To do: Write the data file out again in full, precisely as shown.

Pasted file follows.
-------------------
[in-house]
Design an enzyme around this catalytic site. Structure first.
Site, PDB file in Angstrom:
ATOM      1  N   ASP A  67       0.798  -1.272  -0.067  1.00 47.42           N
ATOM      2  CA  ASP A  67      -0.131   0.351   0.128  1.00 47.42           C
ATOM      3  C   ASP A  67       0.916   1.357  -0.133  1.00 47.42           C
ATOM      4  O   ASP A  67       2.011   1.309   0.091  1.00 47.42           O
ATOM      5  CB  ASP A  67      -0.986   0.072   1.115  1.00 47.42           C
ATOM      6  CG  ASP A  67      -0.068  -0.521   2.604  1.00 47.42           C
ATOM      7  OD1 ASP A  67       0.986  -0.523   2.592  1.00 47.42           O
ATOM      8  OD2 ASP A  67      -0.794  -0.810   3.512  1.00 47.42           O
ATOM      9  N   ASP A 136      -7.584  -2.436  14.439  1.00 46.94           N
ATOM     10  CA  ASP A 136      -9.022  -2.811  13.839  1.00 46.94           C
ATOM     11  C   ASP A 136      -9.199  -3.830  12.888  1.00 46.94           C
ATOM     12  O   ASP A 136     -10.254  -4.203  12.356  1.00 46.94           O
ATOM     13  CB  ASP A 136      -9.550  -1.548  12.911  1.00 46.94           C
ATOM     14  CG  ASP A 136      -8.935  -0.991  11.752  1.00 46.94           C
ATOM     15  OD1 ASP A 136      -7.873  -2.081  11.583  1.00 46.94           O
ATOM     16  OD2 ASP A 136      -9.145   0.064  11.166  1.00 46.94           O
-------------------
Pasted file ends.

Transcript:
[in-house]
Design an enzyme around this catalytic site. Structure first.
Site, PDB file in Angstrom:
ATOM      1  N   ASP A  67       0.798  -1.272  -0.067  1.00 47.42           N
ATOM      2  CA  ASP A  67      -0.131   0.351   0.128  1.00 47.42           C
ATOM      3  C   ASP A  67       0.916   1.357  -0.133  1.00 47.42           C
ATOM      4  O   ASP A  67       2.011   1.309   0.091  1.00 47.42           O
ATOM      5  CB  ASP A  67      -0.986   0.072   1.115  1.00 47.42           C
ATOM      6  CG  ASP A  67      -0.068  -0.521   2.604  1.00 47.42           C
ATOM      7  OD1 ASP A  67       0.986  -0.523   2.592  1.00 47.42           O
ATOM      8  OD2 ASP A  67      -0.794  -0.810   3.512  1.00 47.42           O
ATOM      9  N   ASP A 136      -7.584  -2.436  14.439  1.00 46.94           N
ATOM     10  CA  ASP A 136      -9.022  -2.811  13.839  1.00 46.94           C
ATOM     11  C   ASP A 136      -9.199  -3.830  12.888  1.00 46.94           C
ATOM     12  O   ASP A 136     -10.254  -4.203  12.356  1.00 46.94           O
ATOM     13  CB  ASP A 136      -9.550  -1.548  12.911  1.00 46.94           C
ATOM     14  CG  ASP A 136      -8.935  -0.991  11.752  1.00 46.94           C
ATOM     15  OD1 ASP A 136      -7.873  -2.081  11.583  1.00 46.94           O
ATOM     16  OD2 ASP A 136      -9.145   0.064  11.166  1.00 46.94           O